And I will betroth thee unto me for ever.

[For ever.] This adds to the mercy to make it glorious, this [for ever] makes a misery though never so little, an infinite misery, and a mercy, an infinite mercy. This betrothing for ever, shall be fulfilled in a visible church communion to the Jewes, and in the spirituall communion of Christ with the soule for the present. Of the visible form first.

Isa. 60. 15. I will make thee an eternall excellency, a joy of many gene∣rations. I thinke this is not onely meant concerning the spiritual happines of the Saints, but that God hath a time to make his visible church to be an eter∣nall excellency, and a joy of many generations, an excellency that shall ne∣ver have an end. And this their perpetuall condition, their enduring happi∣nesse shall arise from three grounds.

First, from the precious foundation that shall be laid upon that Church [ 1] when it shall be.*Isa. 54. 8. With everlasting kindnesse will I have mercy on thee, saith the Lord; but mark the ground, vers. 11. Behold I lay the foundation with Saphires; all the rubbish shal be taken away, it shal not be raised upon a rubbish foundation. God will lay the foundations of it with Saphires, and then with everlasting mercy he will embrace that Church.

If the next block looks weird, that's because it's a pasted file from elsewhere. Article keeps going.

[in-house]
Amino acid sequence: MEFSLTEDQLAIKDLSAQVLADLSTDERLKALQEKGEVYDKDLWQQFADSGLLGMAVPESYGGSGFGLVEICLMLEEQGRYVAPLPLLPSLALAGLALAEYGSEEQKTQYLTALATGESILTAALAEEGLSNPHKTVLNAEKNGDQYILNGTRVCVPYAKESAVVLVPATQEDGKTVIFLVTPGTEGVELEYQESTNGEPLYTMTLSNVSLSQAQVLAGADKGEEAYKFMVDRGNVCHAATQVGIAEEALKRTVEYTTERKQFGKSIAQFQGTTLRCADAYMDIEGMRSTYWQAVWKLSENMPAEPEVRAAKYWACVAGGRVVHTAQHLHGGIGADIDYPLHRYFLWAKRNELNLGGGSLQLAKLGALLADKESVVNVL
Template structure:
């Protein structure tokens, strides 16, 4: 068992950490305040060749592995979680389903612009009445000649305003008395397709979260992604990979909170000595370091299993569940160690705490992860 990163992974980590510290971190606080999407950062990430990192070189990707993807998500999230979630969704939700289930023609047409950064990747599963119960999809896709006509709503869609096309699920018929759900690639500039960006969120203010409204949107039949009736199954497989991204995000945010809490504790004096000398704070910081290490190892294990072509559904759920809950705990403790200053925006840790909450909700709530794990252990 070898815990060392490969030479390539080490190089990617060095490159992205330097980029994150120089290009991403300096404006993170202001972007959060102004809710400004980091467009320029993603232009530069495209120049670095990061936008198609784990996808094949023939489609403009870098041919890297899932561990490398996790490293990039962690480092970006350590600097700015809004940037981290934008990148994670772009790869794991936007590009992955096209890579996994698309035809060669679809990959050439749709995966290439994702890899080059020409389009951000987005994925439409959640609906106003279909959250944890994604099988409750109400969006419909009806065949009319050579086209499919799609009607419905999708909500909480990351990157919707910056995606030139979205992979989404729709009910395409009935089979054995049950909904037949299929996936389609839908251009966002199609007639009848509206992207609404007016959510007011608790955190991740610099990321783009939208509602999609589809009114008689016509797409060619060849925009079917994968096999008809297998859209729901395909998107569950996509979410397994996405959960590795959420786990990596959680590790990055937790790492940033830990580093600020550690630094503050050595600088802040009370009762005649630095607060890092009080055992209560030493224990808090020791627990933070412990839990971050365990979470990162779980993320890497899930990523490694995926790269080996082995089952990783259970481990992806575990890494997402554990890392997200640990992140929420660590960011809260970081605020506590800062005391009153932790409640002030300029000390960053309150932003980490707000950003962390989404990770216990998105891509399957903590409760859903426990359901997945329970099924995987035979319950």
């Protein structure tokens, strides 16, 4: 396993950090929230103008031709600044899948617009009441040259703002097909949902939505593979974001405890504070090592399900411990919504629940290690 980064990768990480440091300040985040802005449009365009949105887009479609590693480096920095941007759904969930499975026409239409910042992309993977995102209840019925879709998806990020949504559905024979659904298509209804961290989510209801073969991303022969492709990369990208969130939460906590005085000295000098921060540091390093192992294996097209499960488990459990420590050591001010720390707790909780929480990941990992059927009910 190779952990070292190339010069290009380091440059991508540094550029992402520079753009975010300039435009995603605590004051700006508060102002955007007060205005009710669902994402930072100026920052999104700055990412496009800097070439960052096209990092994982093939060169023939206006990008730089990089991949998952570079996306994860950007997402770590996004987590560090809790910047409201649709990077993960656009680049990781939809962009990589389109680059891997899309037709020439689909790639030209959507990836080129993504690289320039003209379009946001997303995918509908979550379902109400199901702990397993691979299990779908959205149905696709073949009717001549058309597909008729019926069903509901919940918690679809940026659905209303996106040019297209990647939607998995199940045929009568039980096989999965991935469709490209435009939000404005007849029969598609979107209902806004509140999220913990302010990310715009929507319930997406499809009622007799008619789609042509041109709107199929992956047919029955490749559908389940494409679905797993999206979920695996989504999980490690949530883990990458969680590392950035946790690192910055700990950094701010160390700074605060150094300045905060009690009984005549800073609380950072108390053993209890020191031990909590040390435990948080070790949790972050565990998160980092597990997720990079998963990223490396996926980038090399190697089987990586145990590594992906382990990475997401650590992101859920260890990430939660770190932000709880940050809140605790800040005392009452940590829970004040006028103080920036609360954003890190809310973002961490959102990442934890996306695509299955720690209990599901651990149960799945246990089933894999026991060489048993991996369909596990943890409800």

Secondly, that Church shall be in a peaceable condition, no rent, no divi∣sion [ 2] there, therefore in a perpetuall condition. Esay 33. 20. A Tabernacle that shall not be taken down, not one of the stakes thereof shall ever be remo∣ved: Why? the very words before shew the reason, Jerusalem shall be a quiet habitation.

Thirdly, this Church shall look wholly at Christ as their Judge, and their Law-giver, and their King. Isa. 33. 22. The Lord is our Judge, the Lord is our Law-giver, the Lord is our King. Churches are ready to change, while they mixe other things with the worship of Christ, and the lawes of men with his laws; but when they can look to him, I mean in that which is Page  439 spirituall, as their Law-giver, as their Judge, and as their King, then the hap∣pinesse of it shall be perpetuall never to cease in this world, the Lord Christ will betroth this Church unto him for ever.